The whole idea of a “mandate” to an important extent is a creature of the hot-air press. Presidents do what they can do, whether or not the bloviating pundits say their actions have public support. Administrations have better sources of information on public opinion than the pronouncements of opinion writers. It is safe to say that the right will wage full-scale political war on a President Clinton. She will need all the friends she can get, including from her left. This will be particularly important in 2018, when the pattern of contested seats in Congress and the diminished turn-out in off-year elections will be more favorable to the Republicans.

A final consideration is the fate of the forces unleashed by Trump, in the wake of his defeat. A narrow defeat would energize them, not incidentally fueling challenges to the election results themselves. They would not disappear after the results are certified, nor after the inauguration of Hillary Clinton. Republican control of down-ticket offices would fortify them, provide them new candidates for leadership.

By contrast, a crushing defeat would be demoralizing and demobilizing. Deprived of support or indulgence from allies in the Congress and in state and local governments, America’s neo-fascist currents would tend to remain underground. This is much to be preferred.

I conclude that now is indeed the time to go “Maximum Democrat,” as an ornery friend of mine grouses. But not to worry: #OurRevolution recommences in earnest on November 9. I’ve even crafted a new hashtag in preparation, with no claims to originality. Welcome to the White House, Hillary, but we regret to inform you that there will be #NoHoneymoon.

Counterpoint: A Blowout Will Banish Progressives Once More

Natasha Vargas-Cooper: A massive blowout for Hillary Clinton would submerge Bernie Sanders progressives into a deep dark sea. And this, in turn, would make it easy for Clinton and her friends on Wall St.—many of whom we can expect to pop up in her cabinet—to congratulate each other for no longer having to pretend to entertain the wearisome demands the progressive flank of the Democratic party.

We all remember the cold panic mainstream Democrats went into at the end of the primary campaign, twisting in their panties over whether or not Sanders supporters would disabuse themselves of idealism and join the Clinton cause. Thanks to Sanders’ enthusiastic support of Clinton during the Democratic National Convention, that question now is moot. But it remains instructive, precisely because it counters Max Sawicky’s rosy scenario, in which Sanders faction is somehow going to be more relevant if it is surrounded by mainstream Democrats. Yet thanks to revelations from hacked DNC emails published on WikiLeaks (Thanks, Putin! Or Chinese Revolutionary Secret Hacking Core! Or Mountain Dew Swilling American Crypto-Cyber Terrorists!), it’s clear that mainstream Democrats hold the progressive splinter faction of the party in near-complete contempt.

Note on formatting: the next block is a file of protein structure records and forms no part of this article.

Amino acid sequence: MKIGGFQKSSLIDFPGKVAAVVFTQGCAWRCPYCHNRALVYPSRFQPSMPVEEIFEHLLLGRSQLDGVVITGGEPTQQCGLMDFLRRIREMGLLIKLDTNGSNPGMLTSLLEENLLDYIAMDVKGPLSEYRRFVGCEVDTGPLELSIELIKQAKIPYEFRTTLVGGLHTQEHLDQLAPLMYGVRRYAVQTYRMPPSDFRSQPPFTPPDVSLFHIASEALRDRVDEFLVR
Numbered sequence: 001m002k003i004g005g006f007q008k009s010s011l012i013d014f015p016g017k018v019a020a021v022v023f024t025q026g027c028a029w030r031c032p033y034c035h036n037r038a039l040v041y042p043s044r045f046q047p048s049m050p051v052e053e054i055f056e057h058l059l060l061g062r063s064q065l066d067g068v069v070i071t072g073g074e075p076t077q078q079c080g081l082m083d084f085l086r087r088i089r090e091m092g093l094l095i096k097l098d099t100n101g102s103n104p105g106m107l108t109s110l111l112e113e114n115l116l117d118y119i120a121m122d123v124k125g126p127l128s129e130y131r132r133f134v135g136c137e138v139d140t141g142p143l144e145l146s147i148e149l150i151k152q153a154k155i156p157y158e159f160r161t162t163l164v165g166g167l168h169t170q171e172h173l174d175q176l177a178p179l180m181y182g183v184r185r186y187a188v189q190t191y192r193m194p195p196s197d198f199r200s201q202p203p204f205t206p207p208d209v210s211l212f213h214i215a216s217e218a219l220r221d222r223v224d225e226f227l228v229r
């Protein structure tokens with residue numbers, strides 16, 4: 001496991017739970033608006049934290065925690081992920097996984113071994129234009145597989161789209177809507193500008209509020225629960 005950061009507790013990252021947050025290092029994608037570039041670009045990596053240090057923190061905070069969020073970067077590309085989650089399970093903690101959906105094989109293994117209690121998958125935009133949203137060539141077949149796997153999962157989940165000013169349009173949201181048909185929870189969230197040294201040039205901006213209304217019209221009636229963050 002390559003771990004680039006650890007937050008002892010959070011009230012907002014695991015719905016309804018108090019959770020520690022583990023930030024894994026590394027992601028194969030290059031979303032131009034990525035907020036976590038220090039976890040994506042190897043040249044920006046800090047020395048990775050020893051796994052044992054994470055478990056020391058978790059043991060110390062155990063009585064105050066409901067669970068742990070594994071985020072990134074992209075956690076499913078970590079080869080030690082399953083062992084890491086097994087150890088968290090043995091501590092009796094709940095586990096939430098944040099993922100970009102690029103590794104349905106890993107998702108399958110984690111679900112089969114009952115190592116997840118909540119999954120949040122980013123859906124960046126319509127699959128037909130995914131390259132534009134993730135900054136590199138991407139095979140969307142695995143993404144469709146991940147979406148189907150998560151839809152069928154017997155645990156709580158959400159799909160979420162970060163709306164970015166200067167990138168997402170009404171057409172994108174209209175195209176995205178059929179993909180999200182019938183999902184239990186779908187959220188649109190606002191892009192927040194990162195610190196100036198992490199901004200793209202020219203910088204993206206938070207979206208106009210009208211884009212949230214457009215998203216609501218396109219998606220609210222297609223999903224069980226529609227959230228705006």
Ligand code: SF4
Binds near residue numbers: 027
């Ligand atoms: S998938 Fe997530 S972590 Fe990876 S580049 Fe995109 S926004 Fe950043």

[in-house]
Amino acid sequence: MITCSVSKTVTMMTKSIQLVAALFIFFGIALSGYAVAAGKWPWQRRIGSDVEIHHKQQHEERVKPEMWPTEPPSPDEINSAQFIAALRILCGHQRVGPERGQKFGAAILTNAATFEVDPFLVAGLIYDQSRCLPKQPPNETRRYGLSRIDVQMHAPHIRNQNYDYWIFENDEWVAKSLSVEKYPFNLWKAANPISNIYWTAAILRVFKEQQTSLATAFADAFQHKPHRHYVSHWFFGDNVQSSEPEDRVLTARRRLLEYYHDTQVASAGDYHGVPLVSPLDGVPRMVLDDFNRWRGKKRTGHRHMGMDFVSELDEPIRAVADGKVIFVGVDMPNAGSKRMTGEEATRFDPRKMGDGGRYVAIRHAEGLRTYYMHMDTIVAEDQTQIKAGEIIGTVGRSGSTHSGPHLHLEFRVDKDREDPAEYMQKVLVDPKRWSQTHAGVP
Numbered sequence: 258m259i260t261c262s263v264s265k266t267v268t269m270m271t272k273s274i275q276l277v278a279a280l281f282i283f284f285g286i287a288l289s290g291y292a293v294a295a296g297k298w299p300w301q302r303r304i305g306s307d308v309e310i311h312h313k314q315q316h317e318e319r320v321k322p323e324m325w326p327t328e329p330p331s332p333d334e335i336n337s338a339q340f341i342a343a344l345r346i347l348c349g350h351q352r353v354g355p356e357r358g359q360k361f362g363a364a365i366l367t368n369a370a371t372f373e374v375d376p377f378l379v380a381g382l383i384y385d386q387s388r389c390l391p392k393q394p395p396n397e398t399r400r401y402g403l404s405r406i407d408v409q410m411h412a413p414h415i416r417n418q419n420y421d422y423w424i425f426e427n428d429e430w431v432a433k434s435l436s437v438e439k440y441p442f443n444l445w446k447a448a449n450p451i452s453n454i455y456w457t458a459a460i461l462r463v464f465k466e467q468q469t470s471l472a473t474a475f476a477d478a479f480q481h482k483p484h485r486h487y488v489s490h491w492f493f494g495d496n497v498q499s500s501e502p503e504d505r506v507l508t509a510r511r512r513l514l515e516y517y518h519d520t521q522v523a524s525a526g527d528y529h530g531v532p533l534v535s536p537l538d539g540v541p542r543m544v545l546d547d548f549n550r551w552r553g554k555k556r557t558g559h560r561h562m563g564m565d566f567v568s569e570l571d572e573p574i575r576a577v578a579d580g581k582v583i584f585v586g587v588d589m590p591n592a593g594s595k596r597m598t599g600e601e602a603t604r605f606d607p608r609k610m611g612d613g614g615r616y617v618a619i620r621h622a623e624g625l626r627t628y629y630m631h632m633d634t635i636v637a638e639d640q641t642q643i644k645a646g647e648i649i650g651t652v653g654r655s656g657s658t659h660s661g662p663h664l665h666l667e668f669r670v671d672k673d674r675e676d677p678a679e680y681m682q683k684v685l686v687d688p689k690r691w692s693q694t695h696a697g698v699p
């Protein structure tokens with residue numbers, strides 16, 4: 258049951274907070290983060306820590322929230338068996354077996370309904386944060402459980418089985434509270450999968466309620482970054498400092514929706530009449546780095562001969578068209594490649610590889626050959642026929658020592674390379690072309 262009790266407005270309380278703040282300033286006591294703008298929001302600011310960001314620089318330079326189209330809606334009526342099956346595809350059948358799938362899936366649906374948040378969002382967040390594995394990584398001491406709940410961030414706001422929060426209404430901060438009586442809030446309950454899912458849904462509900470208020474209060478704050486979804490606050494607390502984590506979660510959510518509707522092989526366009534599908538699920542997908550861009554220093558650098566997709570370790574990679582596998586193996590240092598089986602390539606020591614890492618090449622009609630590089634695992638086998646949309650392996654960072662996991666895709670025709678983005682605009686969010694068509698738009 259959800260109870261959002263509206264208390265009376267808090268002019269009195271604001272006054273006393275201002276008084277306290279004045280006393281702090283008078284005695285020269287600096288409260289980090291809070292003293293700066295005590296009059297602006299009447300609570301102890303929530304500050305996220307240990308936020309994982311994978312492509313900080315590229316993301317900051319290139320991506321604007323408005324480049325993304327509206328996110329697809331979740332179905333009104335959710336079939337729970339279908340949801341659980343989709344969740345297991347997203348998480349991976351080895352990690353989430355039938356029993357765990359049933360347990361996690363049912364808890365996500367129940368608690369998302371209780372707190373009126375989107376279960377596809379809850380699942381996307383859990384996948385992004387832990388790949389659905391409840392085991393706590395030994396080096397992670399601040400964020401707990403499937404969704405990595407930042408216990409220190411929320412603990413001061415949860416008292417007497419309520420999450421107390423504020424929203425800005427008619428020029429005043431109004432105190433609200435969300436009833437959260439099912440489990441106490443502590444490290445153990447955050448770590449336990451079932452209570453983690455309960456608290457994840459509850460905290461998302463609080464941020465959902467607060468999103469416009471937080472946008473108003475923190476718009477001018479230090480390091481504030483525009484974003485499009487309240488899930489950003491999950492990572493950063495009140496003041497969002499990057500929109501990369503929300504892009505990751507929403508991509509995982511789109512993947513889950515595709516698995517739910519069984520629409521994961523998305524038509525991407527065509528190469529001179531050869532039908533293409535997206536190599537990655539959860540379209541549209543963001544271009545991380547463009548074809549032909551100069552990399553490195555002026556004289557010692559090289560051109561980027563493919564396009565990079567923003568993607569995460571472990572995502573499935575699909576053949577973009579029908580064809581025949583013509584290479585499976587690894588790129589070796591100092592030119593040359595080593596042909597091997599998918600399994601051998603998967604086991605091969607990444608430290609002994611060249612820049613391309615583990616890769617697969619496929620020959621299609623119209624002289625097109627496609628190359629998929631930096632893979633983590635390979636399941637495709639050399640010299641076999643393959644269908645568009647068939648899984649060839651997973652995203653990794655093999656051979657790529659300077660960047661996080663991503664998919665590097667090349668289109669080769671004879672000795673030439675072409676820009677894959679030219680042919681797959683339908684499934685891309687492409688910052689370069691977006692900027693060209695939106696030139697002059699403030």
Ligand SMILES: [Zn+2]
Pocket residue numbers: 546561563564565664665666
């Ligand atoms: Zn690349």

During the primaries, we saw Clinton scrambling to pay lip service to a number of progressive causes (mainly some environmental and labor-related restrictions on trade and something coming close to a child care policy) while simultaneously doing everything in her power behind the scenes to sabotage Sanders and his supporters. As the Podesta emails make abundantly clear, the repudiation of Sanders and the Sanders movement is the fallback position for leaders of the Democratic establishment. And there’s no reason to believe that it doesn’t continue to be.

A massive blowout for Hillary Clinton would submerge Bernie Sanders progressives into a deep dark sea.

In view of these trends, I would prefer what you might call a Goldilocks outcome for this election: just enough votes to defeat Donald Trump and not too many votes to give Clinton the blowout that Sawicky endorses. It’s simple matter of political arithmetic: the power of any faction has within a political party is based on how much the majority— in this case, corporate-friendly Democrats—need it to nail down a successful legislative agenda. The bigger the blowout, the more diluted that leverage becomes for the left faction.

In his brief for a Hillary blowout, Sawicky also overlooks the stated intent of high-ranking Republican legislators to wage an obstructionist war on Clinton. Jason Chaffetz, the Republican congressman from Utah and chair of the powerful House Oversight Committee, has vowed to subject Clinton is endless investigations. “It’s a target-rich environment,” Chaffetz told the Washington Post in a recent interview. “Even before we get to Day One, we’ve got two years’ worth of material already lined up. She has four years of history at the State Department, and it ain’t good.” 

Last week, Sen. John McCain vowed to not let any of Clinton’s Supreme Court nominees get on to the bench. “I promise you that we will be united against any Supreme Court nominee that Hillary Clinton, if she were president, would put up,” McCain said. “I promise you”—a mind-boggling thought but nevertheless on the record.